Cases reported "Prostatic Neoplasms"

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1/14. Intraoperative cytodiagnosis of metastatic brain tumors confused clinically with brain abscess. A report of three cases.

    BACKGROUND: Cystic lesions of the brain may have diverse etiologies, ranging from true cysts to malignant tumors with cystic degeneration. Preoperative determination of the exact nature of them as well as intraoperative diagnosis may be sometimes difficult or even impossible. sensitivity and specificity of diagnosis will be improved by introducing new methods or combining traditional procedures. CASES: Three metastatic brain carcinomas with primary sites of breast, pancreas and prostate presented as cystic lesions and were confused clinically with abscess. Intraoperative frozen section was not revealing. Cytologic study of sediments of aspirated fluid uncovered malignant cells. CONCLUSION: When combined with frozen section, intraoperative cytologic studies in the form of crush preparation, fine needle aspiration or evaluation of aspirated fluid in cystic lesions (as in our cases) can improve diagnostic accuracy by detecting important diagnostic features that otherwise may be missed.
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2/14. Surgical confirmation of ProstaScint abnormalities in two patients with high risk prostate cancer.

    We describe our initial experience using ProstaScint scanning in addition to conventional imaging modalities for staging of high risk prostate cancer. Using our protocol, ProstaScint images detected abnormalities in pelvic lymph nodes not seen on CT scan or magnetic resonance imaging (MRI) in two patients. Subsequent surgical pelvic lymphadenectomy confirmed these abnormalities. Further patients will be accrued on this study to estimate the sensitivity and specificity of ProstaScint scanning.
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3/14. autoantibodies to photoreceptor membrane proteins and outer plexiform layer in patients with cancer-associated retinopathy.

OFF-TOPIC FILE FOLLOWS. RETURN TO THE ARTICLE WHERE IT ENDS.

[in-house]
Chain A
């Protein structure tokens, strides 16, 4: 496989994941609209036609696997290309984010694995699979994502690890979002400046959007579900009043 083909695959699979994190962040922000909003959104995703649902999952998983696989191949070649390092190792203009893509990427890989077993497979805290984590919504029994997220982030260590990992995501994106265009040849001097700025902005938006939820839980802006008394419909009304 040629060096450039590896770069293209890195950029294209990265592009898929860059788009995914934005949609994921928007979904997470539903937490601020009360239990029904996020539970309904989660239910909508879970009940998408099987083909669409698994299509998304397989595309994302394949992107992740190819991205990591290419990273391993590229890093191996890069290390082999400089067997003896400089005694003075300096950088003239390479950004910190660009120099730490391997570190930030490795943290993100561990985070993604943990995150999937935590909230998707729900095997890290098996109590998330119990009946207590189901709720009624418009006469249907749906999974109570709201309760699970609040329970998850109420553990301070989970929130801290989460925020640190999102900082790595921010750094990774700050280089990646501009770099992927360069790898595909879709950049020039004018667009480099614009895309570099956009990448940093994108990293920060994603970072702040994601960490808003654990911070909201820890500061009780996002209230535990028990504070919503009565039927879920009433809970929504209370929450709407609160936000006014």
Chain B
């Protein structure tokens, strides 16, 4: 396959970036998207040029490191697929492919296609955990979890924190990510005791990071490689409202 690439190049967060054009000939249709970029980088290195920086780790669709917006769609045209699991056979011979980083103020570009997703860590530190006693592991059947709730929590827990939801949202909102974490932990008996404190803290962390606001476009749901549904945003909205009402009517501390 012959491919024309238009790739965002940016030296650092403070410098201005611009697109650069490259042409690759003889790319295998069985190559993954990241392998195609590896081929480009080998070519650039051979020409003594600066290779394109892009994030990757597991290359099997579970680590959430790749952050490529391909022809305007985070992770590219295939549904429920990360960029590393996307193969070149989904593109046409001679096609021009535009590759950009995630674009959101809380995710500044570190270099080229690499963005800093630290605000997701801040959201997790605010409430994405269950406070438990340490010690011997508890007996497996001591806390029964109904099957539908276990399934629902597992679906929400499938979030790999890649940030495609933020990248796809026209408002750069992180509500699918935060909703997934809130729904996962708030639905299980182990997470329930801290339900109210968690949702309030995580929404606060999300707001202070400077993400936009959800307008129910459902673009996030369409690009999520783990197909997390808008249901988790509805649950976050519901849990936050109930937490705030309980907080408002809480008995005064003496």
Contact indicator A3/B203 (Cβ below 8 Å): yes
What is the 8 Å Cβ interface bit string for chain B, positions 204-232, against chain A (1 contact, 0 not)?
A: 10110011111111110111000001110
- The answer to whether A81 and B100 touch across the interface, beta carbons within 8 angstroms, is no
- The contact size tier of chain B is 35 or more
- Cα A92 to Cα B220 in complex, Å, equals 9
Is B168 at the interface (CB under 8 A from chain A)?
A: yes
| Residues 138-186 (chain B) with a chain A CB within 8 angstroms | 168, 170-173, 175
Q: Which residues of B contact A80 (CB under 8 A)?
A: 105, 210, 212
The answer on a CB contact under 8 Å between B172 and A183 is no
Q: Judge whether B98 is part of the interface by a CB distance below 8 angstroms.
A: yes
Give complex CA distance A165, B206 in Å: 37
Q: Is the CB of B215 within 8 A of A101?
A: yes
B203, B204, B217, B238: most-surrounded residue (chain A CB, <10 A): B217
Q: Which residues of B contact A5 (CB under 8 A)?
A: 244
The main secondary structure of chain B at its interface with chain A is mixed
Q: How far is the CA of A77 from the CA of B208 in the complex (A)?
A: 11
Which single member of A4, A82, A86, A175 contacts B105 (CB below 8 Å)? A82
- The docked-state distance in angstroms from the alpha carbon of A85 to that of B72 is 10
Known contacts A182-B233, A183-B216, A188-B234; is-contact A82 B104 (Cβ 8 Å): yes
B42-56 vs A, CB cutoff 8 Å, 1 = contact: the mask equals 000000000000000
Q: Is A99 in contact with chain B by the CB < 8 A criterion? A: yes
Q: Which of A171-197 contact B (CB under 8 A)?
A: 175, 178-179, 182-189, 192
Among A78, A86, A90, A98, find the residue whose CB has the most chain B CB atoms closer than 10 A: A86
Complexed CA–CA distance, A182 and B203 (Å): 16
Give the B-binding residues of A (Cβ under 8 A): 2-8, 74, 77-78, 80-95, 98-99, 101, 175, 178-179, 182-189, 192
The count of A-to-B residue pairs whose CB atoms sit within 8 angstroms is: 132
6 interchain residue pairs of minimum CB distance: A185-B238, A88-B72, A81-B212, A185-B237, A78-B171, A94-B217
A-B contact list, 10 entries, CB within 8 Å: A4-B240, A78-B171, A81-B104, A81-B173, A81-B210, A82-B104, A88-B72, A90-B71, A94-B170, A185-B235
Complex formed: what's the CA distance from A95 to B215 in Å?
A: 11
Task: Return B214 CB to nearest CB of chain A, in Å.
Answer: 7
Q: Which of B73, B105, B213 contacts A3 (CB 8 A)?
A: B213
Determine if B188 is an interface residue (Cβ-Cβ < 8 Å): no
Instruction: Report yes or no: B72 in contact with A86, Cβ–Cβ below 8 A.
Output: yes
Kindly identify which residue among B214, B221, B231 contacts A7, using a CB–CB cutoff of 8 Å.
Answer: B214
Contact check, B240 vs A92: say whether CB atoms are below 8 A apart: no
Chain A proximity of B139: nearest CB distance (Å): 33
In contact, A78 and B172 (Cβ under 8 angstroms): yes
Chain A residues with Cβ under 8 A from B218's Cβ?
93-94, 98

Cancer-associated retinopathy (CAR) is a paraneoplastic syndrome that is characterized by degeneration of the retina as a remote effect of cancer outside the eye. The detection of autoantibodies associated with the retinopathy may precede the diagnosis of the underlying cancer. We have examined the sera of two patients with CAR by Western blot analysis. autoantibodies to a 40kD antigen doublet and a 35 kD antigen were detected. Tissue specificity of the autoantigens was determined by testing several different tissues. The 40 kD antigen doublet was most abundant in retinal extract but was also present in lung and spleen extracts. The 35 kD antigen showed little tissue specificity and was present in all tissues tested. Fractionation of retinal proteins into water-soluble and -insoluble proteins revealed that the 40 kD antigen doublet was highly insoluble and probably represented membrane-associated proteins. Immunohistochemical analysis of the retina showed that the 40 kD antigens locate to the photoreceptors while the 35 kD antigen is located in the outer plexiform layer.
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keywords = specificity
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4/14. MR spectroscopy as a reliable diagnostic tool for localization of prostate cancer.

    BACKGROUND: magnetic resonance spectroscopy (MRS) is a new diagnostic tool which allows the detection of cellular metabolites. We assessed the usefulness of single- voxel MRS diagnosis for localization of prostate cancer. patients and methods: The study population consisted of 10 patients with prostate cancer. We set I or 2 voxels at the peripheral zone (PZ) of the prostate where biopsy had confirmed adenocarcinoma. MRS provided metabolic information about citrate, creatine and choline levels. We calculated the ratio of these metabolites ([choline creatine]/citrate) and judged areas where the metabolic ratio was greater than 0.86 as positive. RESULTS: Thirteen out of 19 voxels showed a cancer pattern which indicated a high choline peak and low citrate peak The accuracy, sensitivity and specificity of MRS diagnosis of tumor localization were 84.2%, 81.3% and 100%, respectively. CONCLUSION: MRS is useful for the diagnosis of prostate cancer localization.